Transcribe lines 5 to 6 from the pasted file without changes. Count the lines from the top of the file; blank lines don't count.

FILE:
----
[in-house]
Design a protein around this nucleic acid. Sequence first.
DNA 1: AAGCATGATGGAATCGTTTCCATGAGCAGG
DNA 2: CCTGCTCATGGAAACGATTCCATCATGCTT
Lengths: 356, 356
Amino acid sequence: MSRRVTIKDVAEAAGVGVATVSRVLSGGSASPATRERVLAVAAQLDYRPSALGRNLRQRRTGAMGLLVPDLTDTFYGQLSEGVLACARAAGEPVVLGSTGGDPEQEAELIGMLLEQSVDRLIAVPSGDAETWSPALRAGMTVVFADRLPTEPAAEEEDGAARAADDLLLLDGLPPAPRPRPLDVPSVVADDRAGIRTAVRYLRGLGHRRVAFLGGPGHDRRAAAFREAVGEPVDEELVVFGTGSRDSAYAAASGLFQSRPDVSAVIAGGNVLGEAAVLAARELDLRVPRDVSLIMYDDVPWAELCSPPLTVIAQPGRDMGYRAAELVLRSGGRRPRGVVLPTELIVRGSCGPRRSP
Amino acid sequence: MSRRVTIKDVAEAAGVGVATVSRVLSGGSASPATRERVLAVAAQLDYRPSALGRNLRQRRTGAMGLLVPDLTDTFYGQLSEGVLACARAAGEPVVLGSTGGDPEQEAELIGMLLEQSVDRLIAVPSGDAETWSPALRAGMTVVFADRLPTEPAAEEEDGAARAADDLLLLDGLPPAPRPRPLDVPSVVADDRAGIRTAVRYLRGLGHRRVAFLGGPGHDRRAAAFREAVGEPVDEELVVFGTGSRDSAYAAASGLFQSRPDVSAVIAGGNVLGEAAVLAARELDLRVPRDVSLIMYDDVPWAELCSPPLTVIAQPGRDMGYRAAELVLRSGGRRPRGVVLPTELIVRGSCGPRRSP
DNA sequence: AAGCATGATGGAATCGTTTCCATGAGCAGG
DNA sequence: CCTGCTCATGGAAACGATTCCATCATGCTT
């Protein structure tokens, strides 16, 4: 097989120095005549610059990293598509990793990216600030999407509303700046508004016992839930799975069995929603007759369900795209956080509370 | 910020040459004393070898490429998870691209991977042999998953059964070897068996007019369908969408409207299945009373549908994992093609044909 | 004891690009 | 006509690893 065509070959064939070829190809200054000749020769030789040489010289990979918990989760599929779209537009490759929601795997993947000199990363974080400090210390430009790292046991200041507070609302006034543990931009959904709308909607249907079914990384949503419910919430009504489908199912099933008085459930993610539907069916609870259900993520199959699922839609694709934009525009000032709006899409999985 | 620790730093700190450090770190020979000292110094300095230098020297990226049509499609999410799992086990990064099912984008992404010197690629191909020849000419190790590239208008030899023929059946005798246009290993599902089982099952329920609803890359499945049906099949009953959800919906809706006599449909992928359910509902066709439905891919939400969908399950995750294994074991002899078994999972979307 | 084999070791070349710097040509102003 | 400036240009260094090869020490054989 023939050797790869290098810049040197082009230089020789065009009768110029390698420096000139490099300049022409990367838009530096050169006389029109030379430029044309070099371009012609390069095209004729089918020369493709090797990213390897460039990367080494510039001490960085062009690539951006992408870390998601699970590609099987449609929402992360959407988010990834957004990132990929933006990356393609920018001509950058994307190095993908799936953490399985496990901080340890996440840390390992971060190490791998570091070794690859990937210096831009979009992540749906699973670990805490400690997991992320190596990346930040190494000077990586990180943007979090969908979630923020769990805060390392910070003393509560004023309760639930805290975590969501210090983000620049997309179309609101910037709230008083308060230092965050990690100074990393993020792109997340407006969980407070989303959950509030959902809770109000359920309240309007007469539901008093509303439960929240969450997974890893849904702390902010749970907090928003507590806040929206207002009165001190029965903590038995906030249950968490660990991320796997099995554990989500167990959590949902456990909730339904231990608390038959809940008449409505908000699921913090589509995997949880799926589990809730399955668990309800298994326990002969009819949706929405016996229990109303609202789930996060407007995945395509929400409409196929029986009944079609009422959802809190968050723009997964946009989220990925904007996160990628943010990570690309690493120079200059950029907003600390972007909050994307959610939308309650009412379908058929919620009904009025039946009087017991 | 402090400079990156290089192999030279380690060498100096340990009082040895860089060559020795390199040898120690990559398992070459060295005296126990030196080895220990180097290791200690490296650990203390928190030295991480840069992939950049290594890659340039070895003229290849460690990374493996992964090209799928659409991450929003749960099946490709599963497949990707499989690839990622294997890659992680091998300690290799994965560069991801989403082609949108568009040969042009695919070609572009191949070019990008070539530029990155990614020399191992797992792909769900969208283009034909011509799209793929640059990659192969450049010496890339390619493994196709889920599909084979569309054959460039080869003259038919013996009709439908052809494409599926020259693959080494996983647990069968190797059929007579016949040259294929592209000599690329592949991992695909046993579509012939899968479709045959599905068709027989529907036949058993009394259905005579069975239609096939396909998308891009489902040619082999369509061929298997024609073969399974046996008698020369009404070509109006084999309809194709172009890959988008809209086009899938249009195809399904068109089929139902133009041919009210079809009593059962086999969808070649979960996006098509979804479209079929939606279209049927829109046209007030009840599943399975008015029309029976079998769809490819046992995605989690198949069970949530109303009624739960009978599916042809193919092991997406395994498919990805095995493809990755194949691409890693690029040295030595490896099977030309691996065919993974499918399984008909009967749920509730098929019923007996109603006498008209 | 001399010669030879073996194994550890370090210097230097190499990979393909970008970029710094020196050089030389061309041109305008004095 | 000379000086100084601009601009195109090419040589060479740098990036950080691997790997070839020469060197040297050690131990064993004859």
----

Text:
Lengths: 356, 356
Amino acid sequence: MSRRVTIKDVAEAAGVGVATVSRVLSGGSASPATRERVLAVAAQLDYRPSALGRNLRQRRTGAMGLLVPDLTDTFYGQLSEGVLACARAAGEPVVLGSTGGDPEQEAELIGMLLEQSVDRLIAVPSGDAETWSPALRAGMTVVFADRLPTEPAAEEEDGAARAADDLLLLDGLPPAPRPRPLDVPSVVADDRAGIRTAVRYLRGLGHRRVAFLGGPGHDRRAAAFREAVGEPVDEELVVFGTGSRDSAYAAASGLFQSRPDVSAVIAGGNVLGEAAVLAARELDLRVPRDVSLIMYDDVPWAELCSPPLTVIAQPGRDMGYRAAELVLRSGGRRPRGVVLPTELIVRGSCGPRRSP